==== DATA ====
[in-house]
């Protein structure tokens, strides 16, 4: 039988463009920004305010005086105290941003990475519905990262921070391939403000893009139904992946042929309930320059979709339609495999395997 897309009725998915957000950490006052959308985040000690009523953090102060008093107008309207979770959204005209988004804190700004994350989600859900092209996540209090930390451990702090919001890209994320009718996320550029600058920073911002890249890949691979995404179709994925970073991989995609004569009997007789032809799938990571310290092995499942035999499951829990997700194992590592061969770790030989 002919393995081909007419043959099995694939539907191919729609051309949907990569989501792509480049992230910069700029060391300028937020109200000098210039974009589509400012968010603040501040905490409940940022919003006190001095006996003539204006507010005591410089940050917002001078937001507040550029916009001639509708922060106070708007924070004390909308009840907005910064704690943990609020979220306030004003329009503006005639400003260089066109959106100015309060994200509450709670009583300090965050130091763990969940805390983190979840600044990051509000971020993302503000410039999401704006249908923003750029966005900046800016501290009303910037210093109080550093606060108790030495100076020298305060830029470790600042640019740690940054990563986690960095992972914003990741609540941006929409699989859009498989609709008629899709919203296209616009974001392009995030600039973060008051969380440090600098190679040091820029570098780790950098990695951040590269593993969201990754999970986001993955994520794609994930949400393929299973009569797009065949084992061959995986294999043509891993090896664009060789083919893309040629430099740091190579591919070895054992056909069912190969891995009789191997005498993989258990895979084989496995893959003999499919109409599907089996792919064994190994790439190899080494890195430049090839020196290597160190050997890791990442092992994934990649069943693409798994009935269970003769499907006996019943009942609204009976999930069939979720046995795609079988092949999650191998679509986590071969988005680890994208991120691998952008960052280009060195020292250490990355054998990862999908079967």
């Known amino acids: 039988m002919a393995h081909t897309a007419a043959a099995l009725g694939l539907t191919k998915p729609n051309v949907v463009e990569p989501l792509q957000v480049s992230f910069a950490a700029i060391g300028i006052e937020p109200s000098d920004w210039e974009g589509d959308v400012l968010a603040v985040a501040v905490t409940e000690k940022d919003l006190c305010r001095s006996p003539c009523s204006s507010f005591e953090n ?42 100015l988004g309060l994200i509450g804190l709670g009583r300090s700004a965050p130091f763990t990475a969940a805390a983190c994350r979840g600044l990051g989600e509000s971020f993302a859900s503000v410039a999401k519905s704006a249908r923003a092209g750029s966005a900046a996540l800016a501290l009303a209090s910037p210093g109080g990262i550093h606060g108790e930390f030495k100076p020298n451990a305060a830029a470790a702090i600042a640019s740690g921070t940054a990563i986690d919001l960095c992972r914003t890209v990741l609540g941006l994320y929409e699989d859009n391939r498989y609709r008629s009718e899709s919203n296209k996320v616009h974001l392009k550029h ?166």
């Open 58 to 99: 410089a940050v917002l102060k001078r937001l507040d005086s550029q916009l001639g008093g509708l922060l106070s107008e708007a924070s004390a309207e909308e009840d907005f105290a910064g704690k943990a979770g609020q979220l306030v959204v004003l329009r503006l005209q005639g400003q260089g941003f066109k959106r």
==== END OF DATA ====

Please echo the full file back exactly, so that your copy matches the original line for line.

[in-house]
């Protein structure tokens, strides 16, 4: 039988463009920004305010005086105290941003990475519905990262921070391939403000893009139904992946042929309930320059979709339609495999395997 897309009725998915957000950490006052959308985040000690009523953090102060008093107008309207979770959204005209988004804190700004994350989600859900092209996540209090930390451990702090919001890209994320009718996320550029600058920073911002890249890949691979995404179709994925970073991989995609004569009997007789032809799938990571310290092995499942035999499951829990997700194992590592061969770790030989 002919393995081909007419043959099995694939539907191919729609051309949907990569989501792509480049992230910069700029060391300028937020109200000098210039974009589509400012968010603040501040905490409940940022919003006190001095006996003539204006507010005591410089940050917002001078937001507040550029916009001639509708922060106070708007924070004390909308009840907005910064704690943990609020979220306030004003329009503006005639400003260089066109959106100015309060994200509450709670009583300090965050130091763990969940805390983190979840600044990051509000971020993302503000410039999401704006249908923003750029966005900046800016501290009303910037210093109080550093606060108790030495100076020298305060830029470790600042640019740690940054990563986690960095992972914003990741609540941006929409699989859009498989609709008629899709919203296209616009974001392009995030600039973060008051969380440090600098190679040091820029570098780790950098990695951040590269593993969201990754999970986001993955994520794609994930949400393929299973009569797009065949084992061959995986294999043509891993090896664009060789083919893309040629430099740091190579591919070895054992056909069912190969891995009789191997005498993989258990895979084989496995893959003999499919109409599907089996792919064994190994790439190899080494890195430049090839020196290597160190050997890791990442092992994934990649069943693409798994009935269970003769499907006996019943009942609204009976999930069939979720046995795609079988092949999650191998679509986590071969988005680890994208991120691998952008960052280009060195020292250490990355054998990862999908079967």
């Known amino acids: 039988m002919a393995h081909t897309a007419a043959a099995l009725g694939l539907t191919k998915p729609n051309v949907v463009e990569p989501l792509q957000v480049s992230f910069a950490a700029i060391g300028i006052e937020p109200s000098d920004w210039e974009g589509d959308v400012l968010a603040v985040a501040v905490t409940e000690k940022d919003l006190c305010r001095s006996p003539c009523s204006s507010f005591e953090n ?42 100015l988004g309060l994200i509450g804190l709670g009583r300090s700004a965050p130091f763990t990475a969940a805390a983190c994350r979840g600044l990051g989600e509000s971020f993302a859900s503000v410039a999401k519905s704006a249908r923003a092209g750029s966005a900046a996540l800016a501290l009303a209090s910037p210093g109080g990262i550093h606060g108790e930390f030495k100076p020298n451990a305060a830029a470790a702090i600042a640019s740690g921070t940054a990563i986690d919001l960095c992972r914003t890209v990741l609540g941006l994320y929409e699989d859009n391939r498989y609709r008629s009718e899709s919203n296209k996320v616009h974001l392009k550029h ?166």
């Open 58 to 99: 410089a940050v917002l102060k001078r937001l507040d005086s550029q916009l001639g008093g509708l922060l106070s107008e708007a924070s004390a309207e909308e009840d907005f105290a910064g704690k943990a979770g609020q979220l306030v959204v004003l329009r503006l005209q005639g400003q260089g941003f066109k959106r």